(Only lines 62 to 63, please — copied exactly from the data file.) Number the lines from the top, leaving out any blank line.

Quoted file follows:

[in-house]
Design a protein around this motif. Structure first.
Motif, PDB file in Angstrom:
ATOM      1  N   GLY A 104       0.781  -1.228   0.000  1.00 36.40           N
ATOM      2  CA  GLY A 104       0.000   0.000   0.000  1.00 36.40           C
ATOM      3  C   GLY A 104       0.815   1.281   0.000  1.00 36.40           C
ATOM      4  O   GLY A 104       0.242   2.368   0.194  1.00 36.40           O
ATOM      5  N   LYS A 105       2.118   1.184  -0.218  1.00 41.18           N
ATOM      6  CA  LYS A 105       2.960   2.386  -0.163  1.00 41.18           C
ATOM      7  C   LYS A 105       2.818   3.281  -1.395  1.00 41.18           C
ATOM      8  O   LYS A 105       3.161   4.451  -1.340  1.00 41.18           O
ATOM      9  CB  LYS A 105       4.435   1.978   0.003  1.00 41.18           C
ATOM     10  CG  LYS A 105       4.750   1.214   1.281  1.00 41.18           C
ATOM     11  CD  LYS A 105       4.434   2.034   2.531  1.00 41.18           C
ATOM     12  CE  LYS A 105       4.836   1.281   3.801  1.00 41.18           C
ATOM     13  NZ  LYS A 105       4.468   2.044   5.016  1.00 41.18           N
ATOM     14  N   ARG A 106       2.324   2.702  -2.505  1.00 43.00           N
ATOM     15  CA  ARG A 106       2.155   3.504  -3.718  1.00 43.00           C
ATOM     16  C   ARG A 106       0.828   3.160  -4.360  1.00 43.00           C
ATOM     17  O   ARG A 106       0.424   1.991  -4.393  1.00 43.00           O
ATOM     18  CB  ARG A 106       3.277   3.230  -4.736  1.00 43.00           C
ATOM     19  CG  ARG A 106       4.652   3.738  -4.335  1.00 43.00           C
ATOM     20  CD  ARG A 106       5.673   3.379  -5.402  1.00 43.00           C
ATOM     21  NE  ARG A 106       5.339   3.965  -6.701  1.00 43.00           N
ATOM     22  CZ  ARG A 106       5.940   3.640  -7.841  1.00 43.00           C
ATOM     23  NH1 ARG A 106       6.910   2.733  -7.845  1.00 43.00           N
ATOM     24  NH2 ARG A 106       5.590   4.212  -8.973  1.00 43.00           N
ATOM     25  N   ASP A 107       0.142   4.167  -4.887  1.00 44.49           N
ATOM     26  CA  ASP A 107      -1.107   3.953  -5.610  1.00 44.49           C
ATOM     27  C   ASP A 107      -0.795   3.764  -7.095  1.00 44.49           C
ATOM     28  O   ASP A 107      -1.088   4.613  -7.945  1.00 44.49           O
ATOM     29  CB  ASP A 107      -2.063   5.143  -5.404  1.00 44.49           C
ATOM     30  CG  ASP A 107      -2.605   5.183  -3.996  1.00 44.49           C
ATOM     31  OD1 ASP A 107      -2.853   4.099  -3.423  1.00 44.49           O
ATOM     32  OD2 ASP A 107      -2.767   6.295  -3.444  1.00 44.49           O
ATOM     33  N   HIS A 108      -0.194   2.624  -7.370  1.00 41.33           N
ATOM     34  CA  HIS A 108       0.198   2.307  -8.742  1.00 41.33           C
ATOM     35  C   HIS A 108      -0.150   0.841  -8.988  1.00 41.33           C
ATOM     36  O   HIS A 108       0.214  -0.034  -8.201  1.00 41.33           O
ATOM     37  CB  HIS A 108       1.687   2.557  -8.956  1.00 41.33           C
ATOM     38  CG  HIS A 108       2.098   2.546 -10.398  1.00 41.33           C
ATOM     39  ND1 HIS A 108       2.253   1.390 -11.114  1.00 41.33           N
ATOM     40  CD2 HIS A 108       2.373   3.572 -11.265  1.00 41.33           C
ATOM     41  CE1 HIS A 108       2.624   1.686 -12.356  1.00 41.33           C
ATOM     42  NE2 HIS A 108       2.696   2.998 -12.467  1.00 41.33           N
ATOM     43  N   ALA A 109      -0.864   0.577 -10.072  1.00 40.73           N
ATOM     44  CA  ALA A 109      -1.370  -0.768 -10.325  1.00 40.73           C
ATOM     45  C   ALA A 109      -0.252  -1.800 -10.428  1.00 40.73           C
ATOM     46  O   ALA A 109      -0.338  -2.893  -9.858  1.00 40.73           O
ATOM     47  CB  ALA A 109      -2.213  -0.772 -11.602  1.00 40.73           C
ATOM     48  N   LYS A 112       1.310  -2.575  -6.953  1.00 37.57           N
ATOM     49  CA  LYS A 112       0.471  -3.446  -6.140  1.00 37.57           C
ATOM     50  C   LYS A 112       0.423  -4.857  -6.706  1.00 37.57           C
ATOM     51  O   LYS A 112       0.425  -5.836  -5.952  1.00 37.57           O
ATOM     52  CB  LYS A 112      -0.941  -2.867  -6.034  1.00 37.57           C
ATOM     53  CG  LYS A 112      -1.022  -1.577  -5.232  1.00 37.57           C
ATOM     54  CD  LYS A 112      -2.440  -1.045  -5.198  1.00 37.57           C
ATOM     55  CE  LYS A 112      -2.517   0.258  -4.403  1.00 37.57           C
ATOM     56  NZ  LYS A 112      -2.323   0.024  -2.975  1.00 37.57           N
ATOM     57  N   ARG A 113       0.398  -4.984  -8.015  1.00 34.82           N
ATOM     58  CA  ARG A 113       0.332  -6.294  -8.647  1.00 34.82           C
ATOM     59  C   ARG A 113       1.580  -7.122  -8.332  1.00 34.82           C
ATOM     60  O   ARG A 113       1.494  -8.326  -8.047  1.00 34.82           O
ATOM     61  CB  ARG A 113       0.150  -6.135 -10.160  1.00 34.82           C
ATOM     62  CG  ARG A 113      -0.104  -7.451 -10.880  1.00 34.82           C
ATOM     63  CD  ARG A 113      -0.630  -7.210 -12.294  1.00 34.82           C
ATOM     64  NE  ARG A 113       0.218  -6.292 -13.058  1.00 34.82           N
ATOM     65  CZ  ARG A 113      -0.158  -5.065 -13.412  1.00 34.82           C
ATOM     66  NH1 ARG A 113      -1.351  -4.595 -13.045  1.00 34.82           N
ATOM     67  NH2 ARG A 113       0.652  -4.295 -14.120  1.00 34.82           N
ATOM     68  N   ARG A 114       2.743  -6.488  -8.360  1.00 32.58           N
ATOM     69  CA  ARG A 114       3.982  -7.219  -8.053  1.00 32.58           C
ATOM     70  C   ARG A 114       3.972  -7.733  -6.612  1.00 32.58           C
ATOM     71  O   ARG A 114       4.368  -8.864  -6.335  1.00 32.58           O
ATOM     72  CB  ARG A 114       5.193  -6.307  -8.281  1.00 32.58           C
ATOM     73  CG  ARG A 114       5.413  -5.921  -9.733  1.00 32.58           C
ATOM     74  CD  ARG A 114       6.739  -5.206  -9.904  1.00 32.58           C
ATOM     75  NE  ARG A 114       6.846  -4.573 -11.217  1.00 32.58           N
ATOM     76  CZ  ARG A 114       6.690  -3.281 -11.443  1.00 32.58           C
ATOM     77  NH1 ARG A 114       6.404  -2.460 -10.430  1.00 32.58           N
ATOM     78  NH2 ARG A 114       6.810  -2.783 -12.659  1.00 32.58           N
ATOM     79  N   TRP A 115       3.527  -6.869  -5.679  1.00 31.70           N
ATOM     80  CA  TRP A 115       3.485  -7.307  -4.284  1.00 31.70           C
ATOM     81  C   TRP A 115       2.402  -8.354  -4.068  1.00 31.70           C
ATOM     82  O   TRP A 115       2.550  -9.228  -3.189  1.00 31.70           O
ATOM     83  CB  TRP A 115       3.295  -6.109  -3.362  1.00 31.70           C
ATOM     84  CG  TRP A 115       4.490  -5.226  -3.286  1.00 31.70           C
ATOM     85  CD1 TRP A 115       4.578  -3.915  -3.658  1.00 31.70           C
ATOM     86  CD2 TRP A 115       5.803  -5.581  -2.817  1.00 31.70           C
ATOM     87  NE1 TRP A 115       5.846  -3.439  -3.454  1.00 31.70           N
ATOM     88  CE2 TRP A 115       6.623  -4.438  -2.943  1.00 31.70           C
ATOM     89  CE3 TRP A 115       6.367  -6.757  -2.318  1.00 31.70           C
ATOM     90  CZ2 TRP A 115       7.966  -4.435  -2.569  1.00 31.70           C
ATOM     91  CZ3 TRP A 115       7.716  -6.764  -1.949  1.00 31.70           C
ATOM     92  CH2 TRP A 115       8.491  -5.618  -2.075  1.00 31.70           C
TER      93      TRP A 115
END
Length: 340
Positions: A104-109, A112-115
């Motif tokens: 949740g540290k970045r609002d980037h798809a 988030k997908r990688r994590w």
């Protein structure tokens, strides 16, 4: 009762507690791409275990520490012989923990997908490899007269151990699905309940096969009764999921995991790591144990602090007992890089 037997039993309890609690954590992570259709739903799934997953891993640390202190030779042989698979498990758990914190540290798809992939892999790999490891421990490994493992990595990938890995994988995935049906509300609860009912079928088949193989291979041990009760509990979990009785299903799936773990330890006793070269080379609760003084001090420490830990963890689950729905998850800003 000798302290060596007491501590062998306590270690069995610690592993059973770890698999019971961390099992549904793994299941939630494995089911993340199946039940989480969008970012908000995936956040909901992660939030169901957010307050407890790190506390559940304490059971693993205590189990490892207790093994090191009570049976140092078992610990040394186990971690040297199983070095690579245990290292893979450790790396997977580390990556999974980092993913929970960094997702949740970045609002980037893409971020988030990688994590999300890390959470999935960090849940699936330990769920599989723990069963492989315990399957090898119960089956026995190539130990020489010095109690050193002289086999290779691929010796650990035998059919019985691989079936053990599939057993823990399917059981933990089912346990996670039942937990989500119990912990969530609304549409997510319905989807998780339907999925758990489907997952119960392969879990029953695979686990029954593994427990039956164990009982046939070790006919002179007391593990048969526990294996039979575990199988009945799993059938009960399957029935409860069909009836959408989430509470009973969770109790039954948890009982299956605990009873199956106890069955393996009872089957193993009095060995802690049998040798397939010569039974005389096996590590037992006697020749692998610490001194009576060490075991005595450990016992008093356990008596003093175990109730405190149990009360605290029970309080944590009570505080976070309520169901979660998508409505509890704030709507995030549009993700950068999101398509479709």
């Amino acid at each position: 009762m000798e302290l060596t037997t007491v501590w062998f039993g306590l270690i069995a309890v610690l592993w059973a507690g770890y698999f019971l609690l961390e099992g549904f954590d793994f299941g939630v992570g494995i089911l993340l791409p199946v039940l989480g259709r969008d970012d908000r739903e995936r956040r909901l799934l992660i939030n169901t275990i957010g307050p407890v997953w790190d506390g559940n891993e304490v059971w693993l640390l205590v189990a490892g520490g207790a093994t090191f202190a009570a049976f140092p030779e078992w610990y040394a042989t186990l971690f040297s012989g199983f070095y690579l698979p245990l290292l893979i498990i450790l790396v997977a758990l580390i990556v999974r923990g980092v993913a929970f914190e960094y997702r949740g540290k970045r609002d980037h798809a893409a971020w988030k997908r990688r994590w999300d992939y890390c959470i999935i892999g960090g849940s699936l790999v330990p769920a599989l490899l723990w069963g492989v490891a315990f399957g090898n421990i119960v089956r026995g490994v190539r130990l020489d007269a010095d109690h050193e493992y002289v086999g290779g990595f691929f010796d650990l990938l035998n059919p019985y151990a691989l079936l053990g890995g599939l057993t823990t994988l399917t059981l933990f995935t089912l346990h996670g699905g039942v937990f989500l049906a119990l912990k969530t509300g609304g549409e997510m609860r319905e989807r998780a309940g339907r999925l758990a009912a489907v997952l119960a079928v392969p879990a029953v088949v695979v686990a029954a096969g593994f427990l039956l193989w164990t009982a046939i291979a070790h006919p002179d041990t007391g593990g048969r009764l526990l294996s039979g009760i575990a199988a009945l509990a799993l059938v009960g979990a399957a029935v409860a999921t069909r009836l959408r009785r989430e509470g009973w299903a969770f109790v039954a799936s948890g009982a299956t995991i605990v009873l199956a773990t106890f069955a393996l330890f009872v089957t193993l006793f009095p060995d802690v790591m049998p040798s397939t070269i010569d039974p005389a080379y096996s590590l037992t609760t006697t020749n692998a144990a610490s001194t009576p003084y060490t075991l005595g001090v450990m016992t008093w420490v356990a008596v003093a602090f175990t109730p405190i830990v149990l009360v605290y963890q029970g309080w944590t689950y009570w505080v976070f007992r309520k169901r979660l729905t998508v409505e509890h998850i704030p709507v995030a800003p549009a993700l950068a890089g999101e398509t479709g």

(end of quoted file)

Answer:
ATOM     59  C   ARG A 113       1.580  -7.122  -8.332  1.00 34.82           C
ATOM     60  O   ARG A 113       1.494  -8.326  -8.047  1.00 34.82           O